Monday, August 8, 2011

6 comments It's Low Hanging Fruit But I Criticize It Anyway

Bleacher Report has a list of the 50 worst decisions in NBA history posted. The 50 worst decisions. Why not make it 150? How about the 2,300 worst decisions in NBA history? Is a larger list a better list? Why can't the list be on one page? Would that not provide enough pageviews for Bleacher Report? I have so many questions, but a list of 50 worst decisions seems like a lot. You may have noticed when I cover the shithole that is Bleacher Report I don't add a tag for the author's name. There are probably 450 Bleacher Report authors, so I am not spending tag energy (it takes a lot of energy apparently to type a tag) on any of their names. Here's the list of the 50 worst decisions in NBA history. I guess 25 bad decisions just wasn't enough. Criticizing Bleacher Report is just too easy, but when done right it is also a lot of fun.

Last summer, ESPN aired a 60-minute special that will go down in sports infamy that was entitled "The Decision." Ironically, the decision to produce and air "The Decision" was one of the worst in league history.

(Looks up the definition of irony) As I suspected, this isn't ironic at all. I bet the author, Andy Bailey, thinks it is ironic I don't think it is ironic.

"Two weeks ago, the Phoenix Suns hired Betty Ford as a consultant. Ironically, she died a week later."

One event happening and then another event happening does not constitute irony. Also, most of these "worst decisions" are really just second-guessing by the author. They weren't bad decisions at the time, but only in retrospect.

Obviously, it wasn't the only time organizations, executives or players within the league have shown poor judgment.

50. Michael Jordan tries baseball

If Jordan hadn't stepped away, there's a chance he could have more than his already impressive six NBA championships.

Michael Jordan could have also torn his ACL during the two seasons he was away from the NBA and never been the same again, giving him three NBA championships. So this speculation can go both ways. That's all I have to say about this.

47. Orlando hires Billy Donovan

I will say hiring Billy Donovan made the Magic look bad, though it made him look wishy-washy as well. I don't see how the Magic hiring him and it having no real lasting effect on the team was the 47th worst decision in NBA history. The Magic then went out and hired Stan Van Gundy, who has led the Magic to four straight playoff berths, including one trip to the NBA Finals and two trips to the Conference Finals. Boy, the Magic really screwed up when they hired Billy Donovan didn't they? Especially considering his quitting to go back to the University of Florida allowed them to hire Stan Van Gundy for the head coach position.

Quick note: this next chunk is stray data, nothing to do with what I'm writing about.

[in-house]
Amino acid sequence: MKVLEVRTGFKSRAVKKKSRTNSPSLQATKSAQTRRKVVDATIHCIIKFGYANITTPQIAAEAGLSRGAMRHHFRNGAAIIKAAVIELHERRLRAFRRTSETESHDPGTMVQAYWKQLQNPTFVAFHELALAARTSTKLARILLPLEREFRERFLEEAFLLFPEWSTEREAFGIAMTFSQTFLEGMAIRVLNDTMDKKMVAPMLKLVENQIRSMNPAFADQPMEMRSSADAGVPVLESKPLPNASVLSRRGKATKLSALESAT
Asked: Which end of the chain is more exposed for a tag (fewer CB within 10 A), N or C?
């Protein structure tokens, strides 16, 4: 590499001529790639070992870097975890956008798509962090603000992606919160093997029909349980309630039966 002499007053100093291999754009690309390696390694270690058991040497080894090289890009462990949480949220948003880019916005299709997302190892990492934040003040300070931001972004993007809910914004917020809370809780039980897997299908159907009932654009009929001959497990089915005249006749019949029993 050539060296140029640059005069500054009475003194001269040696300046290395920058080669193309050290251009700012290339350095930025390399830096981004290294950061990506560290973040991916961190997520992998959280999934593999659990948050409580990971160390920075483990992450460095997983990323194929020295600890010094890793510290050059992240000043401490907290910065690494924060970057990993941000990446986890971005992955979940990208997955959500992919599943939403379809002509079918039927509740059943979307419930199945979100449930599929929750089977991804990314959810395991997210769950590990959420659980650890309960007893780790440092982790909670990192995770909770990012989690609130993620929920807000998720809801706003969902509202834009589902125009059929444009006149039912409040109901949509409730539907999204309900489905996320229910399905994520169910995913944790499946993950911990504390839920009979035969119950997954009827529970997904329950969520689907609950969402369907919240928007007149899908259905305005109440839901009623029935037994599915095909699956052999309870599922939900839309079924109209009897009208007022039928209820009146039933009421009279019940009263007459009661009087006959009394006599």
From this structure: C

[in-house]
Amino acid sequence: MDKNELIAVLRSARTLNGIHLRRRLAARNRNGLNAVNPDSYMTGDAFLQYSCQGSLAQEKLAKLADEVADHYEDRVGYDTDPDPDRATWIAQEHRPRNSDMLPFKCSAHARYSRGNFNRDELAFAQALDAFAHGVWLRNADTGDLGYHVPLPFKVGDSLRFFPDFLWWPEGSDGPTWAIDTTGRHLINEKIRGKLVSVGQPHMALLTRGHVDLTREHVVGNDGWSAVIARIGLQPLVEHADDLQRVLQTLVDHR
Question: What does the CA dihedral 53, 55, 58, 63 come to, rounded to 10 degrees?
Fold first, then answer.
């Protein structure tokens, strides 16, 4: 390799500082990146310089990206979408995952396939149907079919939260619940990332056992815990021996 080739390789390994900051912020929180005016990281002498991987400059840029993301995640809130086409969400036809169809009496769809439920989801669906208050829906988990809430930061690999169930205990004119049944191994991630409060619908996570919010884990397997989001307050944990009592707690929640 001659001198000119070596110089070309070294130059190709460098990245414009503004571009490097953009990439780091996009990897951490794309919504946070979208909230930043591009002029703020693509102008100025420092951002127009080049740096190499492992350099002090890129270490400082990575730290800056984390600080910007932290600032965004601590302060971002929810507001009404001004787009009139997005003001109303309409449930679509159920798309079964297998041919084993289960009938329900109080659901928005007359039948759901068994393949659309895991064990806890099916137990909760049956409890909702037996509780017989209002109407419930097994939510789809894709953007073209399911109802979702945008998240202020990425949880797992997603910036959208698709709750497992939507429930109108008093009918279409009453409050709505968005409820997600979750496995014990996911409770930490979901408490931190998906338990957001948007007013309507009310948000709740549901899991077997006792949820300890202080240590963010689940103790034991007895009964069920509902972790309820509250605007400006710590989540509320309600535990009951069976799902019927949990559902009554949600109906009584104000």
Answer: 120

It's hard to blame Orlando for this decision because I'm sure Donovan said all the right things. At the same time, it's hard to say they made the right decision in this coaching search.

Clearly, the Magic should not have pursued Billy Donovan in retrospect. The key point is IT HAD ABSOLUTELY NO LONG-TERM EFFECT ON THE TEAM NOR DID IT HURT THEM MUCH I THE SHORT-TERM. So how is this the 47th worst decision in NBA history?

45. LeBron James chooses Miami over New York and Chicago

What a terrible decision for LeBron James to choose to go to the Heat when the Heat made the NBA Finals in the first year he is in Miami.

Both Chicago (the best choice if he wanted titles right away) and New York (the best choice if he wanted to grow his brand) made more sense.

Is Andy Bailey missing the entire point of LeBron going to Miami? I believe so. Wasn't the entire point of going to Miami to team up with Wade and Bosh? Neither Chicago or New York could have gotten all three of those players on the team. So while Chicago and New York would have made more sense for LeBron personally, it would not have made sense to fit the purpose he intended.

Chicago and New York had the money to sign more than one big-name free agent. Can you imagine a starting lineup of Derrick Rose, Dwyane Wade, LeBron James, Taj Gibson and Joakim Noah.

Even as a die-hard Mavs fan, it's hard for me to see them beating that squad in the finals.

I won't disagree there may have been better teams for LeBron to go to, if those teams could have fit him and another star player on the roster, but I wouldn't call his going to Miami one of the 50 worst decisions in NBA history. There's a reasonable chance the Heat could win 2-3 NBA Titles with James, Bosh, and Wade on the roster, which will make the decision to go to Miami look smart.